As lockdown measures began to be relaxed across Ireland, Garry Connolly was in a reflective mood when we spoke to him about the future of the data industry in Ireland.
An industry veteran, the President and Founder of Host in Ireland has witnessed how Ireland transformed itself into one of the world’s leading technological hubs.
Beginning his career in the mid-1980s, Garry unconsciously found himself at the centre of an evolutionary process that has seen the country slowly shift away from producing hardware to managing large amounts of data.
If you want to understand the value of data to Ireland, you need to go back to when IBM, Digital Equipment or Dell set up here.
There are over 40 years of identifiable skills and services relating to data here. That’s over 40 years of pedigree.
What we have found is that the skills and services that are available in Ireland are highly sought after across Europe.
Big companies come here to establish data centres and they want to bring Irish people with them when they set up in other international locations.
That’s a huge endorsement of what goes on here.
Like many others who entered the burgeoning tech sector at that time, Garry’s CV reads like the embodiment of Ireland’s digital transformation.
Starting out as a software engineer before moving into sales, Garry had a keen understanding of the type of solutions that would be needed in the 90s. That insight sparked a series of highly successful entrepreneurial ventures, and ultimately, an early appreciation for the value of data.
The most important piece of advice I would give any young entrepreneur is to make sure that there is a need.
Ask yourself, “Would people use it? Would people pay for it?” Ask your peers and colleagues “if I did this, would people be interested? If I did that, would people buy it?” If nine out of ten people say yes, you’re onto something.
More than likely, your idea isn’t unique, so you need to really apply yourself. Knowledge doesn’t hold the same value as it once did, it’s now about how you apply knowledge.
I saw data as an asset, and I knew that the tools used to manage it already existed. To succeed, I needed to apply that knowledge.
Today’s graduates will be judged on how they apply knowledge, not on how much they know.
Garry’s interpretation of the knowledge economy is rooted in his belief that the most disruptive and innovative companies that have emerged in recent years leaned on existing technologies to deliver groundbreaking products and services.
Recalling the early 2000s, he listed off some of the search engines that burst onto the scene before Google came to dominate internet search traffic.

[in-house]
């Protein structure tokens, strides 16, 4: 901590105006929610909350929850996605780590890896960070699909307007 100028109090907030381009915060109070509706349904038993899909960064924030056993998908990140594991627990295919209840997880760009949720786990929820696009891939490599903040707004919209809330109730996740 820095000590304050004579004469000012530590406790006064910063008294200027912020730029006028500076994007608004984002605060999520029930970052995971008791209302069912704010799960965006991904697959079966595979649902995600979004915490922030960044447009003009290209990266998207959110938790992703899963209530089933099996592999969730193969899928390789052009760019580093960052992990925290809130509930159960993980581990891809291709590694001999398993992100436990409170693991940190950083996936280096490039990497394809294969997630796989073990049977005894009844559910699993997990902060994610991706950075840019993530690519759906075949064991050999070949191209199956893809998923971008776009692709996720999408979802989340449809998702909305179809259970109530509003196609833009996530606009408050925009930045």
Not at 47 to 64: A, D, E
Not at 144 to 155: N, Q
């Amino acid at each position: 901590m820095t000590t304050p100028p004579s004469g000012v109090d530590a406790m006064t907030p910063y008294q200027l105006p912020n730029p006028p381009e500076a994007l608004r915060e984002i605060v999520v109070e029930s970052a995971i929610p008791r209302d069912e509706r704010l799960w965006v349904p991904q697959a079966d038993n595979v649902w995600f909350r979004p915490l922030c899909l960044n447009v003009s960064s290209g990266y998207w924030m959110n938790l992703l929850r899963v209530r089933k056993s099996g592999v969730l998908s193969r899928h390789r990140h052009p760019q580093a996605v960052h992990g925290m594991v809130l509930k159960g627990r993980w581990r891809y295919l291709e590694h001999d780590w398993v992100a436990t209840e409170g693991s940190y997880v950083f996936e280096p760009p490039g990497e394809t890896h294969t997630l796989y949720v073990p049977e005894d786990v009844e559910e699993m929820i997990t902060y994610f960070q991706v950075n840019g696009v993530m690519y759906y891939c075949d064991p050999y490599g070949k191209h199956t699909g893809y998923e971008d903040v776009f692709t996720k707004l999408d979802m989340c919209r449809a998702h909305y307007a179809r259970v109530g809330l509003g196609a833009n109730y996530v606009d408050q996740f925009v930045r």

Segueing into Blockbuster’s failure to fully embrace digital technology, Garry went onto describe how the one time colossus of the movie rental market had all the tools necessary to dominant the streaming age, but ultimately slid toward bankruptcy.
That same lesson he observed, is still being learned today by companies who are struggling to reinvent themselves in the face of dynamic organisations like Uber and Airbnb.
At the very least, there are few inhibitors that prevent ideas becoming prototypes. In the past, you needed money to buy servers and other types of expensive equipment.
All those tools are now available as services. Young entrepreneurs and innovators who do the right things, in the right order, with the right people and for the right reasons can put themselves in a position to succeed.
Collaboration is key. You need to put yourself in positions and places that lend themselves to collaboration.
Just look at the solutions people come up with at hackathons up and down the country. It’s incredible.
At a time when the world is going through an accelerated digital transformation, where organisations have rapidly reached for technological solutions to maintain productivity and a semblance of structural normality, Garry’s words ring true.
Forbes recently estimated that the manufacturing industry will experience five years of innovation in the next 18 months due to Covid-19.
The incredible rate of advancement has created a new level of appreciation for roles that were previously taken for granted and generated an atmosphere in which organisations are open to new possibilities concerning people management.
A lot of people have been considering the impact of the pandemic and asking what it means in the longer term.
For me, Covid-19 has stress-tested every business. What does that mean?
It means that people in board rooms have realised the value in digital applications and the data required to manage them.
The IT guys, who may have been caricatured as being socially awkward not so long ago, are now keeping organisations going. CEOs and accountants now see how important it is to invest and maintain technology.
This cultural and technological change will create huge opportunities for graduates who are now studying in some of the most diverse and collaborative classrooms ever imagined.
In fact, rather than being impaired by social distancing and hybrid learning models that are now being considered worldwide, Garry believes that students will find ways to excel through innovation.